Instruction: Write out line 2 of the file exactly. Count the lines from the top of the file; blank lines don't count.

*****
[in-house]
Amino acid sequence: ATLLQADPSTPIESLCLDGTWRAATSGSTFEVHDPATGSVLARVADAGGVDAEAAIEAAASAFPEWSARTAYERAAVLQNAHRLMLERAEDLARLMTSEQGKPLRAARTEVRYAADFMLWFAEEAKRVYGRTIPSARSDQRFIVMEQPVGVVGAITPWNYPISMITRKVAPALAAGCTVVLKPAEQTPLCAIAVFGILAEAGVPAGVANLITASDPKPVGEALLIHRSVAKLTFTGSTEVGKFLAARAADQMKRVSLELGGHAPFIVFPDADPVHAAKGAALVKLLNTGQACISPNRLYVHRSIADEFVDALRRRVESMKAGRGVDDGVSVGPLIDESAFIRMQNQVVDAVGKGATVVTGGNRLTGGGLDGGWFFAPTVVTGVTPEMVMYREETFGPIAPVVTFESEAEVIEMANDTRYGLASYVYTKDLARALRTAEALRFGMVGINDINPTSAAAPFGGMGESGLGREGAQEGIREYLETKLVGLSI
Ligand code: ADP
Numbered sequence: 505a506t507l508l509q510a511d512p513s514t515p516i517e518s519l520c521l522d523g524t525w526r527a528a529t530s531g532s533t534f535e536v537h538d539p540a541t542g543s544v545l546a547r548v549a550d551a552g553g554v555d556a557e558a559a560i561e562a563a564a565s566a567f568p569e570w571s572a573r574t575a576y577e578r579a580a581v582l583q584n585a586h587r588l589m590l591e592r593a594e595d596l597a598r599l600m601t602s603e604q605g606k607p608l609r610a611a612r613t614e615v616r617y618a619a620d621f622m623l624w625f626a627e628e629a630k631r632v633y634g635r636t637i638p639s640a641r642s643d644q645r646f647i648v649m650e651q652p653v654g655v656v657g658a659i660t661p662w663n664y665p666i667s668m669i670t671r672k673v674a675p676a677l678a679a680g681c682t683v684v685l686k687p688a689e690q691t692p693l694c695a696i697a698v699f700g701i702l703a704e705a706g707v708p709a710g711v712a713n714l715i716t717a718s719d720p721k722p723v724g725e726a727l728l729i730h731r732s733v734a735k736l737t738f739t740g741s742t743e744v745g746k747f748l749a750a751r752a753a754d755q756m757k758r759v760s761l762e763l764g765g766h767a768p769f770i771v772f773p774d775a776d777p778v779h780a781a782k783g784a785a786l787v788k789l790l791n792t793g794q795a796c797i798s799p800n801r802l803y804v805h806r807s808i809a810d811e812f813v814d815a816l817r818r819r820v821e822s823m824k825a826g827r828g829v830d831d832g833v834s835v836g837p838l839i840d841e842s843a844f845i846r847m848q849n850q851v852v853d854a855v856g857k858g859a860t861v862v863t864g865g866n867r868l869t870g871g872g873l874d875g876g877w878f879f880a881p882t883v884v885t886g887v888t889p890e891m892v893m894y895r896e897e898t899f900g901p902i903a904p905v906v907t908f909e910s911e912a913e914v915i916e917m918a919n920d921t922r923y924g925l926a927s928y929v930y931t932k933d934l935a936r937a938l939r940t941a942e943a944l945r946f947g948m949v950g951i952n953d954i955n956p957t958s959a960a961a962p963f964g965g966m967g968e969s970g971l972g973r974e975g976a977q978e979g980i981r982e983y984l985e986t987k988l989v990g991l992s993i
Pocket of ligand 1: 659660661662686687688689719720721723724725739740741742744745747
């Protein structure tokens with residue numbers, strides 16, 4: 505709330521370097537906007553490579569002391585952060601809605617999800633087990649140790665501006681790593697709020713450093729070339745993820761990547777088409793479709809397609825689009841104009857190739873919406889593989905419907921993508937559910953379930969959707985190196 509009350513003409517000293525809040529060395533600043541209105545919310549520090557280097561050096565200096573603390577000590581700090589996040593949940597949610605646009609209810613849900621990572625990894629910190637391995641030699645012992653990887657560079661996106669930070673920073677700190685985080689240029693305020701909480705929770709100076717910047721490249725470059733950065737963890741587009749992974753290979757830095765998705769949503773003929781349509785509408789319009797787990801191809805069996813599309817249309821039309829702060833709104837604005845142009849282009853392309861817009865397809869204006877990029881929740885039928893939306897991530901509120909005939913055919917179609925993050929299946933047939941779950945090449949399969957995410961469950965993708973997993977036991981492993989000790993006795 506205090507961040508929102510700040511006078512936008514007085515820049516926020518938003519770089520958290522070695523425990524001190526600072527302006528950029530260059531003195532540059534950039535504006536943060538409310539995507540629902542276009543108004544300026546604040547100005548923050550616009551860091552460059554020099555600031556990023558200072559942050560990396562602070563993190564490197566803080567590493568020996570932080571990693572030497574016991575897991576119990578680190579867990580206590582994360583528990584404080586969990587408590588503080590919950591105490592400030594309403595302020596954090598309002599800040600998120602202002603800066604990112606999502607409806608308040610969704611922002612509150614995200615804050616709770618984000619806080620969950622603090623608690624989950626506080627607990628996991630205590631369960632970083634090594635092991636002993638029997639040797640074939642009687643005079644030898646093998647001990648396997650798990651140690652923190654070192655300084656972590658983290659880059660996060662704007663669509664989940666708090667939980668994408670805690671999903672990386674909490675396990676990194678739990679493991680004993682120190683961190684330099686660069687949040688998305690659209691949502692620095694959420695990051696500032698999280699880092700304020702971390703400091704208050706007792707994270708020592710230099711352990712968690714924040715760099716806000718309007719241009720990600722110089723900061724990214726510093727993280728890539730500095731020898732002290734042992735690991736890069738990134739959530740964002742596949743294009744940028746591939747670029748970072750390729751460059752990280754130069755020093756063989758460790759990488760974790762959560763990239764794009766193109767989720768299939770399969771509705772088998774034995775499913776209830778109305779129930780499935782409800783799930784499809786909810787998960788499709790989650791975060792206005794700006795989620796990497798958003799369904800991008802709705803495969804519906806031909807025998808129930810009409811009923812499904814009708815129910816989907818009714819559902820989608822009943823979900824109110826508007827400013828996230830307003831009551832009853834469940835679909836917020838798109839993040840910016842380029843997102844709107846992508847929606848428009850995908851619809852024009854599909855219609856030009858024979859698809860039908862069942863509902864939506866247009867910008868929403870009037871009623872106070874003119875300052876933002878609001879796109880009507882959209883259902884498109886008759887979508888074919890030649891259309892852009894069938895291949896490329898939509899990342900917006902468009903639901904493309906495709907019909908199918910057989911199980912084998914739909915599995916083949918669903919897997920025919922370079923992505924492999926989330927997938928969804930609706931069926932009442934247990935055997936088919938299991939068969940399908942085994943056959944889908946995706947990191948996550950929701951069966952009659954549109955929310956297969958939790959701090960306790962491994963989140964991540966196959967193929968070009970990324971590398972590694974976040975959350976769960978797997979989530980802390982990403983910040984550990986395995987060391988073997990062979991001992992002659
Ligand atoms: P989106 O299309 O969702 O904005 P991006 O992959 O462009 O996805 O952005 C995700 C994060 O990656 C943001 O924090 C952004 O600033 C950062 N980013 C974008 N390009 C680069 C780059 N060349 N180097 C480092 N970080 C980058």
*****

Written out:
Amino acid sequence: ATLLQADPSTPIESLCLDGTWRAATSGSTFEVHDPATGSVLARVADAGGVDAEAAIEAAASAFPEWSARTAYERAAVLQNAHRLMLERAEDLARLMTSEQGKPLRAARTEVRYAADFMLWFAEEAKRVYGRTIPSARSDQRFIVMEQPVGVVGAITPWNYPISMITRKVAPALAAGCTVVLKPAEQTPLCAIAVFGILAEAGVPAGVANLITASDPKPVGEALLIHRSVAKLTFTGSTEVGKFLAARAADQMKRVSLELGGHAPFIVFPDADPVHAAKGAALVKLLNTGQACISPNRLYVHRSIADEFVDALRRRVESMKAGRGVDDGVSVGPLIDESAFIRMQNQVVDAVGKGATVVTGGNRLTGGGLDGGWFFAPTVVTGVTPEMVMYREETFGPIAPVVTFESEAEVIEMANDTRYGLASYVYTKDLARALRTAEALRFGMVGINDINPTSAAAPFGGMGESGLGREGAQEGIREYLETKLVGLSI